Background Carcinoid of the lung is considered to be a low-grade malignancy. A subgroup presents as an endobronchial tumour. Surgical resection is considered the standard approach because of its metastatic potential and the possibility of an iceberg phenomenon for the endobronchial subgroup. Advances in non-invasive and minimally invasive technologies seem to justify a more lung parenchyma-sparing approach.
Methods In patients presenting with bronchial carcinoids, initial bronchoscopic treatment (IBT) is first attempted for complete tumour eradication and sufficient tissue sampling for the proper differentiation of typical (TC) versus atypical (AC) histological type. Furthermore in cases with postobstruction problems the desobstruction is aimed at improving the patient's condition and by that alleviate surgery if that is needed. High resolution CT is performed 6 weeks post IBT to determine local tumour growth. Surgical resection follows in case of extraluminal disease, residual carcinoid inaccessible for IBT, or late recurrences not salvaged by repeat IBT.
Results Minimum follow-up was 5 years from start of treatment for 112 patients (65 women, 47 men), with a median age of 47 years (range 16–77 years). Eighty-three patients (74%) had TC, and 29 (26%) AC. IBT only was ultimately curative in 42% of the cases (47/112): 42 TC, 5 AC. Disease-specific mortality including surgical mortality has been 2.6% (3/112) in patients with extraluminal carcinoids (3 AC).
Conclusions IBT, if with unsuccessful rescue surgery, is justifiable with excellent long-term outcome. IBT made surgery unnecessary in 42% of the cases. Iceberg phenomenon and metastatic potential in this group of patients with bronchial carcinoids are clinically insignificant.
- Thoracic Surgery
- Lung Cancer
Statistics from Altmetric.com
What is the key question?
Is initial bronchoscopic treatment strategy in patients with bronchial carcinoids justifiable?
What is the bottom line?
Initial bronchoscopic treatment strategy made surgery unnecessary in 42% of the cases with excellent long-term outcome.
Why read on?
Initial bronchoscopic treatment strategy needs to be implemented in the treatment of patients presenting with bronchial carcinoids.
Carcinoids represent only a small portion of all pulmonary tumours, that is, 2–5%. They belong to the spectrum of neuroendocrine tumours consisting of tumourlets, typical carcinoids (TCs), atypical carcinoids (ACs), large cell neuroendocrine carcinomas and small cell lung cancers in which TCs represent the relatively benign and small cell lung carcinomas the most malignant entities of this spectrum.1 ,2 Within this group of carcinoids the initial presentation can be in the parenchyma or mainly in the airway, described as bronchial carcinoids.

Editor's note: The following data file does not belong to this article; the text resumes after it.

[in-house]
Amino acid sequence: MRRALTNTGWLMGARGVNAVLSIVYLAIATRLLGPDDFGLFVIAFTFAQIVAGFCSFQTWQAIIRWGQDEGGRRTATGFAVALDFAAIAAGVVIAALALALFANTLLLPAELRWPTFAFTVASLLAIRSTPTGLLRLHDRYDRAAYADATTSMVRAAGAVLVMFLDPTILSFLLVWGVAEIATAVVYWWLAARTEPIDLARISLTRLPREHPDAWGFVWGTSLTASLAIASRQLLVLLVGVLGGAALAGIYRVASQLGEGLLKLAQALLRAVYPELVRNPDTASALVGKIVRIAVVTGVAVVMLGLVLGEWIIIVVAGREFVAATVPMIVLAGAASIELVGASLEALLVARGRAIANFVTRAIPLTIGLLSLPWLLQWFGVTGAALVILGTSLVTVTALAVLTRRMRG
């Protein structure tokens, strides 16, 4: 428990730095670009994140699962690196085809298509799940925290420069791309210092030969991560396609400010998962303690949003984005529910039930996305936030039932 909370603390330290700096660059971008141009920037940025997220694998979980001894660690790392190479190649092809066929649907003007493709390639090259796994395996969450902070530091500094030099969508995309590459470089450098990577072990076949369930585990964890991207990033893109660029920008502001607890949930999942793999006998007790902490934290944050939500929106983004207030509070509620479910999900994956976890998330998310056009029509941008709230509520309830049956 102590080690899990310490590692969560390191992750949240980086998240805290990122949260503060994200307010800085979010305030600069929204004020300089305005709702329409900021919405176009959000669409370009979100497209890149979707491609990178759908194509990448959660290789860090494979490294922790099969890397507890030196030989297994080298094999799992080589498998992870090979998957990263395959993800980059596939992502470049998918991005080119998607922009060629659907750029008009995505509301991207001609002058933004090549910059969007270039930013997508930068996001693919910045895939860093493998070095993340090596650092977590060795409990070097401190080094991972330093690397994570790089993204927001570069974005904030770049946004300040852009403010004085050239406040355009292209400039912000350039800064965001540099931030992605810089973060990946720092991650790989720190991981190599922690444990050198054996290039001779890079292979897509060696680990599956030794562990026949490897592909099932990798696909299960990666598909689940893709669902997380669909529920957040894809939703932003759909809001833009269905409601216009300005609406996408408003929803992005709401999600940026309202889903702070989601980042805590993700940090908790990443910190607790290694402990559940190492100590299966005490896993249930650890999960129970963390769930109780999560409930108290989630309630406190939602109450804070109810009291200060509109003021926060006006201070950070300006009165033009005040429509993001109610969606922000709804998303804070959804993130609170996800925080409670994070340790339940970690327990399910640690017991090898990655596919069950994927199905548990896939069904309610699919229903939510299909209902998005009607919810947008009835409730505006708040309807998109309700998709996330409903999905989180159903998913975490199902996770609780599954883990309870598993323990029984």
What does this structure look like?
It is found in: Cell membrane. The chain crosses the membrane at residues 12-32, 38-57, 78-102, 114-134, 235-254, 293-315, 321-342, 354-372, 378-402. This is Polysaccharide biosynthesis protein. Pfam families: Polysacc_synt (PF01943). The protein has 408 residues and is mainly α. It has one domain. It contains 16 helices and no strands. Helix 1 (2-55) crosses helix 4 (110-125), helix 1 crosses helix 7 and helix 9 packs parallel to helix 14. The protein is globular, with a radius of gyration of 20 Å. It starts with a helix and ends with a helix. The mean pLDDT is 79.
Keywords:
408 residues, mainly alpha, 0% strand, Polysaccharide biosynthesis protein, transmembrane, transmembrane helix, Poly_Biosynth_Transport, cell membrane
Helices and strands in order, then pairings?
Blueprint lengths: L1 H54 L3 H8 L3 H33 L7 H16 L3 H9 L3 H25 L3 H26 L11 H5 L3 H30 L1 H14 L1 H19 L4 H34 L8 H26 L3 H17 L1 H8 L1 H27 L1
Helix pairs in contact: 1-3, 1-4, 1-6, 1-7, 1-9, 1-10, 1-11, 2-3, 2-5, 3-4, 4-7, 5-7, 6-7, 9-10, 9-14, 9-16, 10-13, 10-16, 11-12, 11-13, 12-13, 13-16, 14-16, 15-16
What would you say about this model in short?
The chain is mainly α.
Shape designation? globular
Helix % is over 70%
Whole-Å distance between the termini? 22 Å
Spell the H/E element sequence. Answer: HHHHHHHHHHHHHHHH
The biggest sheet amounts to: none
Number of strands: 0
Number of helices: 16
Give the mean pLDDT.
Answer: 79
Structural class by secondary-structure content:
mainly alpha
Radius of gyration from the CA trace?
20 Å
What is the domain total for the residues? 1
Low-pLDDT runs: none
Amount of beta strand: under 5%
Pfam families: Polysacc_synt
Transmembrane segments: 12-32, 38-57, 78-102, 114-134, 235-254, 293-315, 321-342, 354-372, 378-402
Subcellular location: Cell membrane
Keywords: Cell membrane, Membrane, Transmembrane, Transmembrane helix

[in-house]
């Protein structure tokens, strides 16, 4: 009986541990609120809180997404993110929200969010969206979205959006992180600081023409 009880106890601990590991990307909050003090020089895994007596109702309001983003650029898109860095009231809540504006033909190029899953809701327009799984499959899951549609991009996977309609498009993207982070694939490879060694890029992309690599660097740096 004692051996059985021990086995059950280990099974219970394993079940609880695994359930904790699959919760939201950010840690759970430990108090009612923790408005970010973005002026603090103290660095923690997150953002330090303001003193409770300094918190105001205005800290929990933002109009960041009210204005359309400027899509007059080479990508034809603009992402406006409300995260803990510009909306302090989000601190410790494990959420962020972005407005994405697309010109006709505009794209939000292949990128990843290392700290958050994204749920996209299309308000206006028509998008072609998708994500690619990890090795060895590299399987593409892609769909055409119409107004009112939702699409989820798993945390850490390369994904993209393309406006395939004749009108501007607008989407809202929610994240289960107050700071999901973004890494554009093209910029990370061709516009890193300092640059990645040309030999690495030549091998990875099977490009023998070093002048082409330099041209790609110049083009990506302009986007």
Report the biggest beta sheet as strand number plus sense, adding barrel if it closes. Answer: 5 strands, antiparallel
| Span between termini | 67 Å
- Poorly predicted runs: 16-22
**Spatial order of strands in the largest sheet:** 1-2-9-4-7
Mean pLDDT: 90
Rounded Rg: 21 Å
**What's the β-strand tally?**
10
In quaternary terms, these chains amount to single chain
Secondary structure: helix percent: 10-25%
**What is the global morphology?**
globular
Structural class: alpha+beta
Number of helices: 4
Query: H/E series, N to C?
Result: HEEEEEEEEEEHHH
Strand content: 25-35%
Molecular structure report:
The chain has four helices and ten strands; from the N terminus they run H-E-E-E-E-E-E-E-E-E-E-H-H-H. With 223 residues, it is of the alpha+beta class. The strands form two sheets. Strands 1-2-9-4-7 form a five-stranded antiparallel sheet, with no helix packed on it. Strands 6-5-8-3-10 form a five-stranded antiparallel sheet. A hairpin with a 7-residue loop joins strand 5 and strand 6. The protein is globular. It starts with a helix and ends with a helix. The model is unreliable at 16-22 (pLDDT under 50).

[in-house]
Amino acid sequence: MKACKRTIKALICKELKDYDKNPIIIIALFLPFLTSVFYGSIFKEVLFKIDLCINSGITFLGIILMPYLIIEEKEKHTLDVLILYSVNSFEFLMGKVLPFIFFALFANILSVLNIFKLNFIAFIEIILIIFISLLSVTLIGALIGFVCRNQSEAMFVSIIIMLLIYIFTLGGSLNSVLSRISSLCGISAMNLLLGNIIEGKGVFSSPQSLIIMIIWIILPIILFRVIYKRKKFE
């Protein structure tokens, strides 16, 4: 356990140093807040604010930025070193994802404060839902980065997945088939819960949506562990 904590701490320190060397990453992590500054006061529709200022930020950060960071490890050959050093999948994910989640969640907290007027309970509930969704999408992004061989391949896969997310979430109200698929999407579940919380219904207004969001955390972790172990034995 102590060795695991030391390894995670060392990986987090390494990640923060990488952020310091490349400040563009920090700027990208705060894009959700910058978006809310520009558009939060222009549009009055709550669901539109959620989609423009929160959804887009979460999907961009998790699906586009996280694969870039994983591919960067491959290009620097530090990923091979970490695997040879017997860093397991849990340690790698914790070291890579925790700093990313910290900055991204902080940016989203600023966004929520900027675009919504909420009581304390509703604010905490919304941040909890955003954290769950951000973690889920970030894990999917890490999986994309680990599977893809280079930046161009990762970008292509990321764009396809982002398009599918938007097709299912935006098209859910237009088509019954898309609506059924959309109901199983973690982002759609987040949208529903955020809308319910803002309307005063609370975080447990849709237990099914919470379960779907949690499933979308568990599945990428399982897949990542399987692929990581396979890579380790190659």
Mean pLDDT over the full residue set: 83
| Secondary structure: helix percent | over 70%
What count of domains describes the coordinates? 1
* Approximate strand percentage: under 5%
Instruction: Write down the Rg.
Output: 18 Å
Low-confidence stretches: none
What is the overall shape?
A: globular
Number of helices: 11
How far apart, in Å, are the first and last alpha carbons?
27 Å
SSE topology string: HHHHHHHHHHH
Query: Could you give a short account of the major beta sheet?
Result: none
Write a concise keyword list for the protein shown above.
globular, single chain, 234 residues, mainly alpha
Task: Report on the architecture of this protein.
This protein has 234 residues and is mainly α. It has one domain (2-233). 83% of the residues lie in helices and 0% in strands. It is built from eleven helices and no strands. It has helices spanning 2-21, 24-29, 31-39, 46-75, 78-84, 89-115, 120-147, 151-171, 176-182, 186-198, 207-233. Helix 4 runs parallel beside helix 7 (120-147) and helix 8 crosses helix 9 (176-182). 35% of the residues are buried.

TC shows relatively low malignant behaviour with excellent 5-year and 10-year survival rates of 87–100% and 82–87%, respectively. In case of positive lymph nodes in TC, 5-year survival rates are still up to 92–100%. ACs have a higher malignant potential with significantly lower 5-year and 10-year survival rates of 56–75% and 35–56%, respectively. In case of positive lymph nodes 5-year and 10-year survival rates for ACs dropped to 25–78% and 25–59%, respectively.3–6
Distinction between TC and AC is based on the classification criteria by Travis et al,7 which are based on a retrospective analysis of surgically resected specimens. Historically, surgical resection is considered the treatment of choice for both entities mentioned above. Lung parenchyma preserving surgical techniques, such as surgical bronchotomy and sleeve resections are clinically acceptable.4 ,5 ,8 Current advancements in diagnostic and therapeutic modalities and further understanding of tumour biology enable and encourage many to explore less or minimally invasive diagnostic and therapeutic techniques for optimal preservation of healthy lung tissue.7 ,9 ,10 We have previously reported that initial bronchoscopic treatment (IBT) seems to be a justifiable approach for bronchial carcinoids instead of immediate surgical exploration and resection.11–13 Moreover, recent literature showed favourable results for bronchoscopic treatment (BT) as well, in carefully selected patients.14–16 In this study we report the long-term outcome of our IBT strategy in patients with centrally located bronchial carcinoids.
Patients and methods
Our current approach is shown in figure 2 and the current approach, in brief, is as follows;